Dear Therapist,

I lost my husband earlier this year in a tragic accident. For months, I was in shock and couldn’t actually believe it – he was 33 and we were just starting our lives together, planning for children.  I went back to work and remained distanced from my new reality.  To the outside world I must have appeared ‘strong’ but I can see now that I was merely in denial.  The sadness – the utter grief – is only hitting me now and I feel like my family and friends are confused by this, thinking that I was doing ‘so well’ and need to ‘try to be positive again’ as ‘I have my whole life ahead of me.’   

I feel utterly isolated and alone in my grief, putting back on my ‘brave face’ to the outside world to protect myself from more comments that will enrage me. This leaves me feeling abandoned all over again, abandoned by my husband, and abandoned by those I assumed would be my support network. I am sinking into what feels like a deep depression.



Dear Grieving,

I am so sorry for your loss. Death is always enormously difficult, but it feels particularly unfair when it comes early; cruel when life is taken in a tragic accident. Your loss and resulting grief are a trauma too overwhelming for you to take in in the immediate aftermath of your husband’s death. Denial is sometimes a holding pattern we stay in until the psyche feels ready to face (and process) the pain. You are moving to a different phase now, and while the process of grief isn’t uniform, predictable or linear, confronting the pain and finding space to live with it is an essential part of the healing process. 

Your anger at people trying to push you along more quickly than feels doable is understandable. As a society, we are profoundly uncomfortable with death. We habitually ignore or deny death, so when confronted with it can be left utterly unprepared to accompany ourselves and our loved ones through the grieving process. The reactions you are getting from your family and friends speak to their own discomfort and confusion – they likely want to help but don’t know how. This is important to keep in mind so that their behaviour doesn’t wound you further.

You say you are feeling isolated and alone in your grief. Masking or denying your reality only alienates you further as you’re finding. We are social animals and need connection, particularly when vulnerable. The presence of others is often needed to open ourselves up to the magnitude of grief, else the abyss can feel too deep and overwhelming. I would suggest reaching out to a therapist or grief counsellor to give you space and support to vocalise and process the emotions that are now surfacing. Your therapist can also help you find the words to communicate to loved ones an honest assessment of where you are, and what type of support would be useful for you at each stage. Crucially, you get to control how much or little you share with others about your changing emotions – opening yourself some doesn’t mean you are compelled to give more than you’re ready for.   But finding words that feel authentic, titrating these to your readiness to share, and signalling what type of support would be welcome will help you stay connected to yourself and others.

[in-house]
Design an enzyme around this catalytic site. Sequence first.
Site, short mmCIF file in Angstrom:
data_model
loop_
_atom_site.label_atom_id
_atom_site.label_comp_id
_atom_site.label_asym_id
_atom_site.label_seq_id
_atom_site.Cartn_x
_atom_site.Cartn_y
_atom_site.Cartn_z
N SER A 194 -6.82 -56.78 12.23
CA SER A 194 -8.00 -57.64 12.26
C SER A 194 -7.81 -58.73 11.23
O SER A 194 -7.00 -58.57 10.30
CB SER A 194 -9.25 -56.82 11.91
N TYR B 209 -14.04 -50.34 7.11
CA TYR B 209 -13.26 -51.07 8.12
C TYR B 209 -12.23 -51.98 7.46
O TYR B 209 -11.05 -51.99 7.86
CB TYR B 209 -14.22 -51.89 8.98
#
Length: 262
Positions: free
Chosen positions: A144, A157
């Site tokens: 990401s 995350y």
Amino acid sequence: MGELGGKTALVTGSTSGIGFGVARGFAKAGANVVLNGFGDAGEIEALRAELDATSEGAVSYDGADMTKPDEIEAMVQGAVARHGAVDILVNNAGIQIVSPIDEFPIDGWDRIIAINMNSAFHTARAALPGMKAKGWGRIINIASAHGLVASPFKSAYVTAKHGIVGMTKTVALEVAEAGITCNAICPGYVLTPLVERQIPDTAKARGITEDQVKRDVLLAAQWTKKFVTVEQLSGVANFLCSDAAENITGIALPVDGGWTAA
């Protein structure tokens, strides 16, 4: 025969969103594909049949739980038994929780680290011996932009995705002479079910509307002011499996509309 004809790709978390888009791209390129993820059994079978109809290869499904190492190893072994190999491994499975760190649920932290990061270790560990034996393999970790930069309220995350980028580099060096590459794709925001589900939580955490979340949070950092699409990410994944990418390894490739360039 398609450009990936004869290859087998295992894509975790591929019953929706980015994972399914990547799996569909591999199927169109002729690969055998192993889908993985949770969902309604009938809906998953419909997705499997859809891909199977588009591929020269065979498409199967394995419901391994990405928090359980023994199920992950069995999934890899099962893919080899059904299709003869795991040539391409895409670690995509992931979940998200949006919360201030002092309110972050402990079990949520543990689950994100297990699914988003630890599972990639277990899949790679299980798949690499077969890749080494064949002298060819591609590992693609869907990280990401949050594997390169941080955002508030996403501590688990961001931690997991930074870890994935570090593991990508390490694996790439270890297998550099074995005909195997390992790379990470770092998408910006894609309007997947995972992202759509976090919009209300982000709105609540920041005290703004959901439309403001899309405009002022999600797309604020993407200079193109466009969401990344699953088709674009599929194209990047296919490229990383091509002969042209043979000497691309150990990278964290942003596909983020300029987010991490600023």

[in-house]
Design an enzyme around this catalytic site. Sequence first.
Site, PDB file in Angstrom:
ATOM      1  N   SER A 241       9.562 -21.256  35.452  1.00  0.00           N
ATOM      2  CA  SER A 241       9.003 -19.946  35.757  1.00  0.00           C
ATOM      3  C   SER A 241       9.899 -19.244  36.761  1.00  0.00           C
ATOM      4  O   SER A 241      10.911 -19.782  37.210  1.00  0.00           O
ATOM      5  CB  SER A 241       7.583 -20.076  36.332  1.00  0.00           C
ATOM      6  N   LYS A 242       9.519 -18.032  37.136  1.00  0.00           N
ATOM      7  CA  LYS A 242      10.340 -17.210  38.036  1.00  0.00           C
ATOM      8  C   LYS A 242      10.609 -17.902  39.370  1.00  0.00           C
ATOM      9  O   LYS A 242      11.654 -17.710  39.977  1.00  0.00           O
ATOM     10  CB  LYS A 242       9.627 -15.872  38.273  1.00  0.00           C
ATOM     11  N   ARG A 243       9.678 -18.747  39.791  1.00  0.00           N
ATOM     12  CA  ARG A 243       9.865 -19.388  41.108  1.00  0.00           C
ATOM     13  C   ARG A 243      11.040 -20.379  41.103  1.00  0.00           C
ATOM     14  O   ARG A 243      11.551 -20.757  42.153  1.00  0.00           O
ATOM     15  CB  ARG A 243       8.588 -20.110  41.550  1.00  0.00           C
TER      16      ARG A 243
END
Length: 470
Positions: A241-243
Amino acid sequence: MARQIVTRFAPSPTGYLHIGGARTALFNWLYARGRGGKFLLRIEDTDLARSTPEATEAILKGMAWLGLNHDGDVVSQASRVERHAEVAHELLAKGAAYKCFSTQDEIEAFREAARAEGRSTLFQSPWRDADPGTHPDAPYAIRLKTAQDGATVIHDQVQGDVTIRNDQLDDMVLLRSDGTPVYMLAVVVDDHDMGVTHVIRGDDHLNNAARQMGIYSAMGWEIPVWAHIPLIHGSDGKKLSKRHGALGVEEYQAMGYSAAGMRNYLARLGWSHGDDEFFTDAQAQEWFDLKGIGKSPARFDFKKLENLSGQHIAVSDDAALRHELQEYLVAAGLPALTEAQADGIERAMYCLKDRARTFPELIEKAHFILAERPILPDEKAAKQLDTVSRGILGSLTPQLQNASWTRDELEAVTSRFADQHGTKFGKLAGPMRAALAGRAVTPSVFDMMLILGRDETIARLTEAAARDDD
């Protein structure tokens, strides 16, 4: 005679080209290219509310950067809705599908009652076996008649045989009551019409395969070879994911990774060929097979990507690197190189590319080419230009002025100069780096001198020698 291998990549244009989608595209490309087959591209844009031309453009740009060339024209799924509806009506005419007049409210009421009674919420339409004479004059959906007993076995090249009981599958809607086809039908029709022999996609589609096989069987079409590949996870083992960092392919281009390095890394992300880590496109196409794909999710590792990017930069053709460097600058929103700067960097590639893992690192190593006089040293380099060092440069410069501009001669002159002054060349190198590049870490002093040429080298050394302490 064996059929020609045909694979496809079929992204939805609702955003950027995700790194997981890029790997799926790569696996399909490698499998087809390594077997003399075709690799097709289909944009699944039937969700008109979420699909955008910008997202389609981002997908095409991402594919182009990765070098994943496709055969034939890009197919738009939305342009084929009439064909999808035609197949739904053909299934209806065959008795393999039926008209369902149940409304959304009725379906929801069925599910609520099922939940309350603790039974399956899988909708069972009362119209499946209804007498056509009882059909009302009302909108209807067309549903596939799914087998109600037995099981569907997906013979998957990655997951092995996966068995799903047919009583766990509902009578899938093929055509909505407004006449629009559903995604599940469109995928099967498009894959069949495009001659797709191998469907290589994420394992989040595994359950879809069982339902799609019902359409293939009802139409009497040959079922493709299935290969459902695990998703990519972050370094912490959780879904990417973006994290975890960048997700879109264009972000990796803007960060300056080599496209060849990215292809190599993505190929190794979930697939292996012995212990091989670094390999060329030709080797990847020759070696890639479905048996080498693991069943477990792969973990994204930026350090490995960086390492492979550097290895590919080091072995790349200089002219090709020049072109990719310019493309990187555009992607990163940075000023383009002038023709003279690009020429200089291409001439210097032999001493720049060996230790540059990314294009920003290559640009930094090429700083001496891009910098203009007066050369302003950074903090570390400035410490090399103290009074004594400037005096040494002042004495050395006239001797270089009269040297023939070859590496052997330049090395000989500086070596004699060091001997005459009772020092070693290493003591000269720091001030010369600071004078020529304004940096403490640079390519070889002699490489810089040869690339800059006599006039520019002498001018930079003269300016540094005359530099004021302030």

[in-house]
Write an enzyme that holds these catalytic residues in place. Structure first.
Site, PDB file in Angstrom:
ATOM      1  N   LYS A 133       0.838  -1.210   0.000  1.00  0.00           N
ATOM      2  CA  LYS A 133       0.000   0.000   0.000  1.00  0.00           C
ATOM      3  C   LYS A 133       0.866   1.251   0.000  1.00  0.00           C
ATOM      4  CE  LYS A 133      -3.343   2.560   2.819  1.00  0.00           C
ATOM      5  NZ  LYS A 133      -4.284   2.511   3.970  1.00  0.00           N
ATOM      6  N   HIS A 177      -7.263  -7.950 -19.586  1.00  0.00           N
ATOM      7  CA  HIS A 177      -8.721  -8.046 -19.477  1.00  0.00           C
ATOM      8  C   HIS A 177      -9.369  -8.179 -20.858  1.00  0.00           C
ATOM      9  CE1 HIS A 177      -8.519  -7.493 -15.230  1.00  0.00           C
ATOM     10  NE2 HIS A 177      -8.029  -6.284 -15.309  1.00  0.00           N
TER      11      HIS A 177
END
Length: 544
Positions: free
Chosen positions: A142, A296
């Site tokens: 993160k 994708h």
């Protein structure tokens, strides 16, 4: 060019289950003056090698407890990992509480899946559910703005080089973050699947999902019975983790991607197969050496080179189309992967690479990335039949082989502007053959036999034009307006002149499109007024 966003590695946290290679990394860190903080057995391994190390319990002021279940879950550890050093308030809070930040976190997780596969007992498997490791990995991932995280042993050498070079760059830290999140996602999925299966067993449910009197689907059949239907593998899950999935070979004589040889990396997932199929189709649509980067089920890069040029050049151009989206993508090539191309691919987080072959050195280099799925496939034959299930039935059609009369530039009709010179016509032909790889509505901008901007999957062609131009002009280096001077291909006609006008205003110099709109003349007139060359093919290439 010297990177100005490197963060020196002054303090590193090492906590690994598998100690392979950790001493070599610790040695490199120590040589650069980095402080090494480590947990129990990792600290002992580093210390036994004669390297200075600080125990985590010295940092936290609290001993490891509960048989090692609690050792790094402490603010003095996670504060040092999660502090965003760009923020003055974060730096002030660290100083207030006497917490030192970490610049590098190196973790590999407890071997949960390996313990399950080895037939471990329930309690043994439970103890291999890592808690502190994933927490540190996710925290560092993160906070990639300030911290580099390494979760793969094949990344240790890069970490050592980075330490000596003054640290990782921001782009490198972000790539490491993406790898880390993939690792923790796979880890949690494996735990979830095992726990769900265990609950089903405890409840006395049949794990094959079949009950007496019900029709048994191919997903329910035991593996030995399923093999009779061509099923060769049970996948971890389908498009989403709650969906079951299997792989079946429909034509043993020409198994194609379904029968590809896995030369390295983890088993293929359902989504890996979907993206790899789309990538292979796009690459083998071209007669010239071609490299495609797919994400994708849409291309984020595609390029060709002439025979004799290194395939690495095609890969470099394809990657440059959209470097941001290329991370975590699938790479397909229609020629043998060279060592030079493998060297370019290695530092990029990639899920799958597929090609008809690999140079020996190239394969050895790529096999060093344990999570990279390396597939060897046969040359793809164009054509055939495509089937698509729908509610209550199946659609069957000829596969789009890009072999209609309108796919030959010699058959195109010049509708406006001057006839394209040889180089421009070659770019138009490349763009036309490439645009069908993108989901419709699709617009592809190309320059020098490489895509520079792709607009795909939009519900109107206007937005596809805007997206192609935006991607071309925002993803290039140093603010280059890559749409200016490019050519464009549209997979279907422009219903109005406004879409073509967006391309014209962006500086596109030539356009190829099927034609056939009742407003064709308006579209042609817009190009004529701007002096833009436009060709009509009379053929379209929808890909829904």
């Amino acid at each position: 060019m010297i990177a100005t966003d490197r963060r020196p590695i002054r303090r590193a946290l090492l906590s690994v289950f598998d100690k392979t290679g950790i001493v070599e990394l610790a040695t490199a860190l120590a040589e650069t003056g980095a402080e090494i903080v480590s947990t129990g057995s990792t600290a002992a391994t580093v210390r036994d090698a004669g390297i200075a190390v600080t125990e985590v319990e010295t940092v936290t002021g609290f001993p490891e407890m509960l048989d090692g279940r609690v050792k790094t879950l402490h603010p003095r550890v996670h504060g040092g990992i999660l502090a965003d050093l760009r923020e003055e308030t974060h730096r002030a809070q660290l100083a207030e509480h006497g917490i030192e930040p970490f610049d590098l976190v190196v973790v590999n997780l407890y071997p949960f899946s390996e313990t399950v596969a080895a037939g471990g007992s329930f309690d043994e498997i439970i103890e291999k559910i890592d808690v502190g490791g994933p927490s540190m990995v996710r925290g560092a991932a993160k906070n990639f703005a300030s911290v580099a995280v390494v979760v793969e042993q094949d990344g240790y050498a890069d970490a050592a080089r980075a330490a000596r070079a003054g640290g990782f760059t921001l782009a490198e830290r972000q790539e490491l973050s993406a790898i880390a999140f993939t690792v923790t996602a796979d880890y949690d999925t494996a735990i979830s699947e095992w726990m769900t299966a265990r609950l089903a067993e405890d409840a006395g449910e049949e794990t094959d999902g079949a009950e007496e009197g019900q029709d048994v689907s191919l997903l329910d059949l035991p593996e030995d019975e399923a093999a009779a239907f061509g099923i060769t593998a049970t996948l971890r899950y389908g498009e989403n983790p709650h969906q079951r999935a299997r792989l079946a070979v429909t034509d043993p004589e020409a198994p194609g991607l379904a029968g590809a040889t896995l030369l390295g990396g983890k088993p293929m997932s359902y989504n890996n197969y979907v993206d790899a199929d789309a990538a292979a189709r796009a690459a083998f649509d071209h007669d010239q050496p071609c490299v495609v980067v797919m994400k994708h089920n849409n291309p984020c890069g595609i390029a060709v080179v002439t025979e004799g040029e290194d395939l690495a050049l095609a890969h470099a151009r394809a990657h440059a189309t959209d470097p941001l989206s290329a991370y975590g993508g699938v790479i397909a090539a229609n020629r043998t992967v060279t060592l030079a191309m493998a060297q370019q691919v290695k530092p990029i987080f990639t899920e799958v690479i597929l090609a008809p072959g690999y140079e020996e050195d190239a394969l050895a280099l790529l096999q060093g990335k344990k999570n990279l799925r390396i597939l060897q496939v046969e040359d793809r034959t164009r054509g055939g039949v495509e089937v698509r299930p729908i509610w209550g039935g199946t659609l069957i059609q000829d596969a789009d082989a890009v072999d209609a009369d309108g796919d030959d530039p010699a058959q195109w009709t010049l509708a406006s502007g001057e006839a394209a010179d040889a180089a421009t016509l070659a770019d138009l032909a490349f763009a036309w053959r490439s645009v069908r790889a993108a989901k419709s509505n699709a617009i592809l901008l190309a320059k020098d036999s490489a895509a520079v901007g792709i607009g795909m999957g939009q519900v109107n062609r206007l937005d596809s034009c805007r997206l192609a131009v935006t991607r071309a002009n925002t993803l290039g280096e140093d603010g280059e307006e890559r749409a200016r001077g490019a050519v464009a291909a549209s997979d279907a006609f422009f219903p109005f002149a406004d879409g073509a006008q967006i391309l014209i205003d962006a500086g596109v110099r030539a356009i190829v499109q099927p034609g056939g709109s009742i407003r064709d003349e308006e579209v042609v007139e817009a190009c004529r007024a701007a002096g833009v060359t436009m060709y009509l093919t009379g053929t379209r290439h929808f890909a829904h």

Your therapist can also help you devise other outlets for expressing your grief – whether writing in a journal, painting or another means of accessing the feelings inside and externalising them. I would also suggest some type of regular physical movement as grief, like all emotions, takes up residence in the body. Physically moving with and through it can assist in moving psychologically and emotionally with and through it as well. 

It takes courage to face the pain, to endure the loss; to stay with it rather than trying to leapfrog the sorrow. Our work is to honour the process, support ourselves through it and allow ourselves to be changed by it. Sending love your way.


Do you have a question for Dear Therapist? Send it to [email protected] with Dear Therapist in the subject line and Charlotte Fox Weber or Kelly Hearn will get back to you.

Further reading

The psychology of grief: cultural differences in death and dying

Why am I still crying? Identifying complicated grief

Bereavement counselling helped my whole family

11 ways getting a dog helped with my bereavement